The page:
Pop culture obsessives writing for the pop culture obsessed.
Pop culture obsessives writing for the pop culture obsessed.

Those with a tolerance for Johnny Depp goofing around may actually dig Mortdecai

Illustration for article titled Those with a tolerance for Johnny Depp goofing around may actually dig Mortdecai

When Lord Charlie Mortdecai (Johnny Depp) introduces himself first and then his twirly, recently grown mustache, the good-taste brigade, always wondering when Depp will quit goofing around, may begin to feel nauseated. Their nausea probably won’t subside at any point during Mortdecai, in which Depp plays an old-money British fop, a man of considerable erudition and questionable taste who moons over ridiculous paintings. In debt to the British government to the tune of £8 million, Mortdecai is approached by his old MI5 frenemy Martland (Ewan McGregor). Martland implores Mortdecai to put his knowledge of the “filthy underside of the art world” to good use by locating a stolen Goya painting.

Mortdecai takes place largely in England and revels in a cartoon Englishness, but its two leads are both American: Gwyneth Paltrow revives her Brit accent as Mortdecai’s wife, Johanna, creating a kind of faux-British symmetry of fakery. The artifice goes further when even the movie’s major U.K. actors don’t use their own accents: McGregor tamps down his Scottishness and Paul Bettany goes cockney as Jock, Mortdecai’s loyal ruffian of a manservant. Jock serves as Mortdecai’s brawn, while Johanna assumes the role of brain, conducting her own parallel investigation (in part by teasing information out of the besotted Martland). Mortdecai himself keeps busy without contributing much: chastising, condescending, throwing around words like “chap” and “old bean,” and preening over his facial hair.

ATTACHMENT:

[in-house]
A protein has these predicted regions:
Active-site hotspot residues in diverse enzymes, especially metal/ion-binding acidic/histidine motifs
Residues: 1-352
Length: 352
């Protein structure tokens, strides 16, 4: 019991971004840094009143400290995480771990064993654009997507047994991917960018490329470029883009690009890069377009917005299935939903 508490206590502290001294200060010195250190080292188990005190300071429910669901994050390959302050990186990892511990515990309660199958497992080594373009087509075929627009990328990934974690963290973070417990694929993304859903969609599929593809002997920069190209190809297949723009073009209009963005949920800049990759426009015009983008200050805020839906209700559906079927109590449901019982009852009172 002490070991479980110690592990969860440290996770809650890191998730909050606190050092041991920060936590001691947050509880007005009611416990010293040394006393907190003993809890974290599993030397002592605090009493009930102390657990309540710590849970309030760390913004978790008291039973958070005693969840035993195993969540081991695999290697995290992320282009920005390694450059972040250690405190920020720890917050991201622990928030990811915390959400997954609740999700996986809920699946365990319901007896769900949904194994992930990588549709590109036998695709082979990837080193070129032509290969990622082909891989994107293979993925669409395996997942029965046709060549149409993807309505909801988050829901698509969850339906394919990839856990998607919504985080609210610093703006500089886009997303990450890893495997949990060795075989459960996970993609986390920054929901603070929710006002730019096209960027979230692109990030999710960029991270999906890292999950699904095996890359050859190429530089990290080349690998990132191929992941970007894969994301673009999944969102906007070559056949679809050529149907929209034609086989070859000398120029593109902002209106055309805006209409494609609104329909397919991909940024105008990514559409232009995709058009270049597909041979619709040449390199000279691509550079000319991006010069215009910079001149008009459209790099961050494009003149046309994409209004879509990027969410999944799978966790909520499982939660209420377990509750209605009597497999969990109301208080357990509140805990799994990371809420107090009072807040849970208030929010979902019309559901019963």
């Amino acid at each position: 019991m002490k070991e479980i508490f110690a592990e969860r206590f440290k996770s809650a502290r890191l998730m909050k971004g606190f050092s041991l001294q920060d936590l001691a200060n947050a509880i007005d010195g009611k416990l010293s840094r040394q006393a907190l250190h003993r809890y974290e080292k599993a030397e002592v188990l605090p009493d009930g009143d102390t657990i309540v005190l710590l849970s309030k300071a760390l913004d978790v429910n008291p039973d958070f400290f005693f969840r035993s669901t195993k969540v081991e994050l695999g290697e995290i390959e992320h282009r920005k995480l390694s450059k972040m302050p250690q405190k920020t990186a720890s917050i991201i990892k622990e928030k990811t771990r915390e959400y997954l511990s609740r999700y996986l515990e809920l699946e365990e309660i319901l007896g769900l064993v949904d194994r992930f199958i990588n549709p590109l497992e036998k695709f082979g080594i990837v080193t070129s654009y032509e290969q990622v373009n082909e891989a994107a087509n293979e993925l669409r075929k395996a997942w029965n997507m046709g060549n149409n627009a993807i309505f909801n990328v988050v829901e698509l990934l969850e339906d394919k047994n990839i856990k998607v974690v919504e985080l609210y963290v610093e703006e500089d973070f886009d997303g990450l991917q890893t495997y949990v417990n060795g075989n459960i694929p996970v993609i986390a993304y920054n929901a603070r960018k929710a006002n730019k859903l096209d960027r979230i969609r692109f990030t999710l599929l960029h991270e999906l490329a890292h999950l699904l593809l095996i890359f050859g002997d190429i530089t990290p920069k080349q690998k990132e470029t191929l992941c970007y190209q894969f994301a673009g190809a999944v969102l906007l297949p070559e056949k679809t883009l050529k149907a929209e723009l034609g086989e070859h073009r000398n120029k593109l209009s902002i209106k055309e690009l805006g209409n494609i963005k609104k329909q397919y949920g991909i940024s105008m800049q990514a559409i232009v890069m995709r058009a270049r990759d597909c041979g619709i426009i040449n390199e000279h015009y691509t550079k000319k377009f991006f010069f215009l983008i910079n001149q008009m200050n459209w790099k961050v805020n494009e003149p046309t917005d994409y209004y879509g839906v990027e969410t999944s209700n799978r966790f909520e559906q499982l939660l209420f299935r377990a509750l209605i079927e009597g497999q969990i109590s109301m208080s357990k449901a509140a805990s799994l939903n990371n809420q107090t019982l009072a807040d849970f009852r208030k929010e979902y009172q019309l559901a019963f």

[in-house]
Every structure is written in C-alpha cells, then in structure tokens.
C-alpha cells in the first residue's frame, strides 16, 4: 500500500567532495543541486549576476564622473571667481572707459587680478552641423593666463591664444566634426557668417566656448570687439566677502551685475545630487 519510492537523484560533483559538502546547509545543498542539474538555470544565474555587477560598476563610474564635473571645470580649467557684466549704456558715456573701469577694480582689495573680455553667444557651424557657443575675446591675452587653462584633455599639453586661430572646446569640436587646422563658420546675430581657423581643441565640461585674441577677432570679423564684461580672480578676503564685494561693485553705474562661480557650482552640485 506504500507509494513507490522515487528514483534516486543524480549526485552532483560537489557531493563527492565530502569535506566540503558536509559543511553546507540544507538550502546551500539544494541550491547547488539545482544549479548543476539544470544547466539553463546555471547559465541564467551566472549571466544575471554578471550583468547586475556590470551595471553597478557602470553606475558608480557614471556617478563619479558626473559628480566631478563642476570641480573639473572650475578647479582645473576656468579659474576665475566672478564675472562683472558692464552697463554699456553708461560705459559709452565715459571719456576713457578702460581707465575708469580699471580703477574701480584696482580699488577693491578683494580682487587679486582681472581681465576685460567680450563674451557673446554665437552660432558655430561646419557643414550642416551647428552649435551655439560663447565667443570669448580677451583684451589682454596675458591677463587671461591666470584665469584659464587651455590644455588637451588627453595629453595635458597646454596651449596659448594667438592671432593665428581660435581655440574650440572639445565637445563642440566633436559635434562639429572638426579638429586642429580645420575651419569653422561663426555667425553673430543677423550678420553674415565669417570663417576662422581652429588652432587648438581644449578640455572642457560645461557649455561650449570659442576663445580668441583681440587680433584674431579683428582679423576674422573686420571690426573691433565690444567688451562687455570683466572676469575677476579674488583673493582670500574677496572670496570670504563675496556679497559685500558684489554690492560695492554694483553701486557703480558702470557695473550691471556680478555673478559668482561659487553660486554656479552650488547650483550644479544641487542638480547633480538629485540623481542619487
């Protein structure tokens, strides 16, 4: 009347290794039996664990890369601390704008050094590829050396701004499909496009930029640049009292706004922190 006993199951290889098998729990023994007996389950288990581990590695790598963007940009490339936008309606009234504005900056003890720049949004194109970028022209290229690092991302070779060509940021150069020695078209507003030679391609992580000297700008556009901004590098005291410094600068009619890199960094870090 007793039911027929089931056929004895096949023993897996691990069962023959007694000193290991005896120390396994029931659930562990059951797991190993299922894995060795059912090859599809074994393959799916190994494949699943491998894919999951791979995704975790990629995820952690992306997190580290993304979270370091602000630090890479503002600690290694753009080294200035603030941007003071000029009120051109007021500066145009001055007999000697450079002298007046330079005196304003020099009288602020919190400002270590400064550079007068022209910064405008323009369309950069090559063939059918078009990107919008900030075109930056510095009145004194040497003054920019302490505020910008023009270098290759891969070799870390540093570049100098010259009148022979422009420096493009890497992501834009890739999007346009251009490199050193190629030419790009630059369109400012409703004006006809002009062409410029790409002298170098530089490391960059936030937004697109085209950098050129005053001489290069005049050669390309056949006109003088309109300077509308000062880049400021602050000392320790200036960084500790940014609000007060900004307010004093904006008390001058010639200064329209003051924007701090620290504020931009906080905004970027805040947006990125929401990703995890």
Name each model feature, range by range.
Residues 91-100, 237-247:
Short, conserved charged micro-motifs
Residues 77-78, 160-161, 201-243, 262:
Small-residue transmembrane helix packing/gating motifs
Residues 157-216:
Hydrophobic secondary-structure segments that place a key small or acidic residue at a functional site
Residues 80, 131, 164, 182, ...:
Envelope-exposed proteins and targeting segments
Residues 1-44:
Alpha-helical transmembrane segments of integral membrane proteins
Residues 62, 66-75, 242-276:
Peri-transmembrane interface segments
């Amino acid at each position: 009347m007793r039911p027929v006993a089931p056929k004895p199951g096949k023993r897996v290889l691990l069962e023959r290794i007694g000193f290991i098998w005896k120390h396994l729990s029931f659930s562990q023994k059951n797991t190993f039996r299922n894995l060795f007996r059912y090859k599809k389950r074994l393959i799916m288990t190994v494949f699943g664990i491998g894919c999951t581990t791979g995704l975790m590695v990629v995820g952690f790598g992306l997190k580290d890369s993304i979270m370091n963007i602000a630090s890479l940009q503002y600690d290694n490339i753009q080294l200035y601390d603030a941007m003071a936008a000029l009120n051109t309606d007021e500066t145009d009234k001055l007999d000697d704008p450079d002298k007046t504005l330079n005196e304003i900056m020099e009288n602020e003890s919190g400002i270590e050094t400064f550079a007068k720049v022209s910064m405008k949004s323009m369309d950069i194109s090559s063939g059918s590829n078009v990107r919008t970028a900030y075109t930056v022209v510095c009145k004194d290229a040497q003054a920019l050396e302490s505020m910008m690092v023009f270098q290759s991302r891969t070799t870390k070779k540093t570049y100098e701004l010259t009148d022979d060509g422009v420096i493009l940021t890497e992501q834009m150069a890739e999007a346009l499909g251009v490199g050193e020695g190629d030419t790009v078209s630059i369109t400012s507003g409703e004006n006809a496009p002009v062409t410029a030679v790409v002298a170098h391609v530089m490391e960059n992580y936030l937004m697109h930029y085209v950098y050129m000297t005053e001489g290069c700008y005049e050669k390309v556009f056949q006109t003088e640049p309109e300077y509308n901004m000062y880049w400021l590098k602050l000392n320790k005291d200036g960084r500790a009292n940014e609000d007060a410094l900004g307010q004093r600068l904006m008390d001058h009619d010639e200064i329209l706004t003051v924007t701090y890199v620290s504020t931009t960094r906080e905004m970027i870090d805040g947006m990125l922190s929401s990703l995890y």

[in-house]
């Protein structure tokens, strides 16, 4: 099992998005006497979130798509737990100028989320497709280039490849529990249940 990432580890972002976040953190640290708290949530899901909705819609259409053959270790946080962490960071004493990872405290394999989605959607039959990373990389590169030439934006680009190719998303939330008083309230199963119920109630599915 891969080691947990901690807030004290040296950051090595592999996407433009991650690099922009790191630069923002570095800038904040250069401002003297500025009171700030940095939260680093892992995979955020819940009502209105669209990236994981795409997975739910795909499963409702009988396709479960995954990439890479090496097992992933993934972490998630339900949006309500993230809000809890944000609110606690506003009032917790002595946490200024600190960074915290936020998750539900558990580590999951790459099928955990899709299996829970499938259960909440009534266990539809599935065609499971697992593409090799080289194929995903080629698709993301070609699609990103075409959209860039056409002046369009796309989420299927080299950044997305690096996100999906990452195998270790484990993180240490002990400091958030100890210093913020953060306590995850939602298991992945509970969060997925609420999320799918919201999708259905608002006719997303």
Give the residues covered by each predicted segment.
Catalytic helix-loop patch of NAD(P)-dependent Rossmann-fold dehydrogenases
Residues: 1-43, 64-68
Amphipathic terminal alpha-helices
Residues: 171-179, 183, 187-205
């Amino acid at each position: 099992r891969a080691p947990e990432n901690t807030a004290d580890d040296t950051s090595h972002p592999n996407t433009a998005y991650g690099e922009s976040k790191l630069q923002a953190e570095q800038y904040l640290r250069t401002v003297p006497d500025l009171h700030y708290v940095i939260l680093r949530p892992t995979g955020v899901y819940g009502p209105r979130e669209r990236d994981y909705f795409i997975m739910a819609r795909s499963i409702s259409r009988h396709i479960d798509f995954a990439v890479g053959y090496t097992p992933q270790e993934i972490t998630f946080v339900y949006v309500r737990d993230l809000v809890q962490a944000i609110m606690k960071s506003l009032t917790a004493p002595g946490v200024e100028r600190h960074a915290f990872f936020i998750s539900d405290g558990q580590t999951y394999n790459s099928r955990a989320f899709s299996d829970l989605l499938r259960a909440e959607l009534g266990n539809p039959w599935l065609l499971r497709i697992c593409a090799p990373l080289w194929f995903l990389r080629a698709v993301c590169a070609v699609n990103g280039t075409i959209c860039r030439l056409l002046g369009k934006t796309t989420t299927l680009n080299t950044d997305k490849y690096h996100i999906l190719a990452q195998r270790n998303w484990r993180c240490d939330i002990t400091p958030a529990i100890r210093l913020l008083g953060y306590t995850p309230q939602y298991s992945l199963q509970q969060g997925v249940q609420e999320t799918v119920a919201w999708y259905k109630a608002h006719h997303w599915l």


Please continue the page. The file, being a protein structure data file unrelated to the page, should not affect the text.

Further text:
Johanna puts up with her husband’s general nonsense but expresses horror and disgust when she lays eyes on the mustache he displays so proudly. Most people Mortdecai encounters echo that disgust, and his stubborn self-appreciation in the face of this widespread disapproval—even when it threatens his relationship with Johanna—becomes an inspired running gag, one that can be read as meta self-commentary on its star (though this reading isn’t necessary for it to work). Essentially, the comedy-of-remarriage portion of Mortdecai is premised on an argument over an affectation. In the context of faked accents and intentionally absurd plotting, that affectation becomes not a crutch of the movie but a motif.

Depp, then, finds an ideal vehicle for a quality that has become undervalued: his joy of performance. As much as he appears to run wild through the movie, Mortdecai is a clear collaboration, not a one-man show. It reunites Depp with David Koepp, who directed him in Secret Window (where Depp, coincidentally, played a guy named Mort). Koepp is an oft-employed screenplay writer who sidelines in directing efficient workouts in genres as varied as chase thriller (Premium Rush), romantic comedy (Ghost Town), and horror (A Stir Of Echoes). Here, directing without an accompanying screenplay credit for the first time, he tries his hand at a comic caper (based on the first in a series of novels by the late Kyril Bonfiglioli), which may not go down as his specialty. Many of Koepp’s screenplays have funny moments, but he’s not especially known for his verbal wit, and some of Mortdecai’s running gags slow their way into obviousness. But Koepp, always a crisp filmmaker, does excel at finding comedy within his frame, whether he’s capturing Depp, McGregor, and Paltrow reacting to each others’ love triangulations or placing bits of slapstick action in the background to both downplay the movie’s suspense and emphasize its ridiculousness.

Not every farcical piece locks into place. Two Americans allowed to use their own accents, Jeff Goldblum and Olivia Munn, enter the picture too late to get much to do, and Depp plays off Paltrow and McGregor so well that their frequent separations seem a shame, however thematically or narratively appropriate. Like a lot of Koepp’s films, Mortdecai doesn’t transcend its genre—and it doesn’t have well-honed thrills or emotion to fall back on when it stumbles or meanders. It’s exactly the sort of oddball trifle, like Hudson Hawk, that tends to attract the ire of baffled audiences and grumpy critics. It’s also the sort of oddball trifle that, like Hudson Hawk, will put certain aficionados of silliness in a pretty good mood.